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Integrated Phone Counselling and Text Messaging Services at Quitlines: An Acceptability Study

  • Lorien C. Abroms (a1), Philip Carroll (a1), Ashley L. Boal (a1), Judith Mendel (a1) and Kelly M. Carpenter (a2)...

Introduction: With evidence to support the use of text messaging for smoking cessation, some quitlines in North America have incorporated text messaging into their service offerings.

Aims: This study sought to evaluate whether integrated phone counselling and text messaging services are acceptable to quitline callers, and to identify strategies for improving text messaging services in the context of a quitline.

Methods: Thirty-five adult callers of the New Mexico state quitline who had enrolled in multi-call phone counselling and Text2Quit, a text messaging programme, were interviewed by phone. Interviews assessed use and acceptability of the phone counselling and text messaging interventions.

Results: Use of phone counselling and text messaging was generally high among participants. While most participants reported that they would highly recommend Text2Quit (75.8%) or phone counselling (78.8%) individually, a relatively higher proportion indicated they would highly recommend the combined services (93.9%). Suggestions for improvement focused on increased customisation and personalisation.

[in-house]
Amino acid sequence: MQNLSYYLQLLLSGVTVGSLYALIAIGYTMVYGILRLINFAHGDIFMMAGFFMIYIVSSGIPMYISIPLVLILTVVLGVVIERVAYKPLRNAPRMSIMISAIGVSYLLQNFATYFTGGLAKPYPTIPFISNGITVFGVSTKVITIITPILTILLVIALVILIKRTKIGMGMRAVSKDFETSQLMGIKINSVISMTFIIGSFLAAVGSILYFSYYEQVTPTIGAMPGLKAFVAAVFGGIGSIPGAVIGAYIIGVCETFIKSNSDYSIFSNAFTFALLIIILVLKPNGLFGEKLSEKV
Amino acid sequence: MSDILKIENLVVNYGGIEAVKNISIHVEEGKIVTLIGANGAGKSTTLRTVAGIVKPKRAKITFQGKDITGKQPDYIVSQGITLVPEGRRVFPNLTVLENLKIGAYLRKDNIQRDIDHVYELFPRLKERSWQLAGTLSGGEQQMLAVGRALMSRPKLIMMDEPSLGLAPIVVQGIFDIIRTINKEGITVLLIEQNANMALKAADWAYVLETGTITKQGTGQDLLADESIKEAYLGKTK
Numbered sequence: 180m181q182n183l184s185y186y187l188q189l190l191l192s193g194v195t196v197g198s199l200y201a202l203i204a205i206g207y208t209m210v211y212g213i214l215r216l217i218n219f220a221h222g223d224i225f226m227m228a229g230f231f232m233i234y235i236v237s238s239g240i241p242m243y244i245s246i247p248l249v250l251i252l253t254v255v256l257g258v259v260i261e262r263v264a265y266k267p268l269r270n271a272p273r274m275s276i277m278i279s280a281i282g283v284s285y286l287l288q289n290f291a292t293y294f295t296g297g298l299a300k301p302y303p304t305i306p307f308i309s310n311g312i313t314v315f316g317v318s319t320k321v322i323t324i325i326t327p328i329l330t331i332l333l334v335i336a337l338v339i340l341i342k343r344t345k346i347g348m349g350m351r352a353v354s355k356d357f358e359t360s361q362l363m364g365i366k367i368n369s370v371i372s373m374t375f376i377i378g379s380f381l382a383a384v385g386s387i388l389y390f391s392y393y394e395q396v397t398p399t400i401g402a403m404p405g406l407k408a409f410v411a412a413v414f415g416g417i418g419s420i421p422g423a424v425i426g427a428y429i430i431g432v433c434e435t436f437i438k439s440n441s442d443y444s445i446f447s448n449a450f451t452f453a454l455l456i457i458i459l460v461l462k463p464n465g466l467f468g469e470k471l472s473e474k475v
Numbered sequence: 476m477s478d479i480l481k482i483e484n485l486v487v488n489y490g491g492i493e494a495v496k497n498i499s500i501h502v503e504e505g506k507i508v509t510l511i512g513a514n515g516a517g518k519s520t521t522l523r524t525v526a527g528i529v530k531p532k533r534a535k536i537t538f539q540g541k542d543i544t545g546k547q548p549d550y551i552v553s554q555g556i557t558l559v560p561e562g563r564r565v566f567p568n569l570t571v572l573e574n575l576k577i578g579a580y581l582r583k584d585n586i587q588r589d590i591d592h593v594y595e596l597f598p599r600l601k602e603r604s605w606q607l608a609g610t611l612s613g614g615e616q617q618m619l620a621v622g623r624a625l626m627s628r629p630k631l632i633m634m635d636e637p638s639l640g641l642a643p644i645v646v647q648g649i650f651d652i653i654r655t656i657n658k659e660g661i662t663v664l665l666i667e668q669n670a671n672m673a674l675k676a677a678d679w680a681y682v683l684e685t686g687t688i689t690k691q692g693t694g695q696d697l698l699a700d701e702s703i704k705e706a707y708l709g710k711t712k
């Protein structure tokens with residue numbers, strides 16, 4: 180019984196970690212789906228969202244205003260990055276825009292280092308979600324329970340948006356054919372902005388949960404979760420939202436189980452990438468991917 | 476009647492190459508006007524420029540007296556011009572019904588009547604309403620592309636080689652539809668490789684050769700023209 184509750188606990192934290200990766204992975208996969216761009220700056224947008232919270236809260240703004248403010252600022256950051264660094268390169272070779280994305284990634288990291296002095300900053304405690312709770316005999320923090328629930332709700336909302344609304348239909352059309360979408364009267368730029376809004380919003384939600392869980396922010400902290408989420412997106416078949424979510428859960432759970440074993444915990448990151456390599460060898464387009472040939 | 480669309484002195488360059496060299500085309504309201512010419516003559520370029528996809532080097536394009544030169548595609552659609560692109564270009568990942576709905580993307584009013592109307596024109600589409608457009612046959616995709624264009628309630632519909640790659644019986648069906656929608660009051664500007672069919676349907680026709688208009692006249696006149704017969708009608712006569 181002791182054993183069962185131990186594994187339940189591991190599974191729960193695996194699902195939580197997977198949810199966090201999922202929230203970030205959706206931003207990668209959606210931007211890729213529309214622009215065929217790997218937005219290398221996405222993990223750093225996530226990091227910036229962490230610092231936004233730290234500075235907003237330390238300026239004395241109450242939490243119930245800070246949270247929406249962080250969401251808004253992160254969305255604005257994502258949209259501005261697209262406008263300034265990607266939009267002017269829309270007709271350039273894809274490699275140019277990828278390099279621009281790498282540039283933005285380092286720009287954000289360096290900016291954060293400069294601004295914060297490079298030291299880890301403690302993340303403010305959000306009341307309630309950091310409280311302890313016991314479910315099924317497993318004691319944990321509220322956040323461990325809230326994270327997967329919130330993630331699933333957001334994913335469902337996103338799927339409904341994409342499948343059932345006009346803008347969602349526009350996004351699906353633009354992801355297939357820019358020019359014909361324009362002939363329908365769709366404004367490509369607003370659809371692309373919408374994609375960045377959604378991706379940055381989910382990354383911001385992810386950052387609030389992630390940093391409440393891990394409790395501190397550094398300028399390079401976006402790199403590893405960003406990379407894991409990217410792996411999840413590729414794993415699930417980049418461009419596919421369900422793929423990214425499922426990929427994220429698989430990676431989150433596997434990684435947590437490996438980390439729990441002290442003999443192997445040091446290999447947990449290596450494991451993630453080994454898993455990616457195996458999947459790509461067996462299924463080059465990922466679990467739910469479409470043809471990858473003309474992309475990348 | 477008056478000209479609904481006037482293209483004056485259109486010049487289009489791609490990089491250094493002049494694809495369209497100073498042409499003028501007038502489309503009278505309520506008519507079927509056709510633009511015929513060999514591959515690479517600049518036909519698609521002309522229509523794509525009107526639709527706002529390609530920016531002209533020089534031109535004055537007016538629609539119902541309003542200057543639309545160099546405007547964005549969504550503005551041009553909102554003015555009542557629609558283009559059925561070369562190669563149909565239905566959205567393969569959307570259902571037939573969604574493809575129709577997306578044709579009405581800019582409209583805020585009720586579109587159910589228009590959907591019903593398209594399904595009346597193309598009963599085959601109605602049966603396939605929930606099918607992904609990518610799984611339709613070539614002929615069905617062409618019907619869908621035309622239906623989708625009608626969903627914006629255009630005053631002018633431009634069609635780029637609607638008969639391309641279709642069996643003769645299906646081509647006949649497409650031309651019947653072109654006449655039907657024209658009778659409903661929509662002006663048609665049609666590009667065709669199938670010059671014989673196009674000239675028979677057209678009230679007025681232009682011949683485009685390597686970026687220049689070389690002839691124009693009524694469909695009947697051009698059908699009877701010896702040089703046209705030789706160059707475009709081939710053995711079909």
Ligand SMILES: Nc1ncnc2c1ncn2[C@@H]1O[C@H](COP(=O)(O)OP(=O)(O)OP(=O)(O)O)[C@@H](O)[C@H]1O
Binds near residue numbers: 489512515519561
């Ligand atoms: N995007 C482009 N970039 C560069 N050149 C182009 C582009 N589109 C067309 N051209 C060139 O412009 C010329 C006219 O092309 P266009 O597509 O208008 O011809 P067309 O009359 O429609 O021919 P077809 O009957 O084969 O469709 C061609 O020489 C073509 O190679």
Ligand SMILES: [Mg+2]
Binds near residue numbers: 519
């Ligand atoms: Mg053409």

Conclusions: This study provides preliminary evidence for the acceptability of integrated phone counselling and text messaging services. Research is needed that explores the impact of these widely-used integrated services on smoking cessation.

Corresponding author
Address for correspondence: Lorien C. Abroms, The George Washington University, 2175 K Street, NW, Suite 700, Washington, DC 20037: Email:
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Journal of Smoking Cessation
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  • EISSN: 1834-2612
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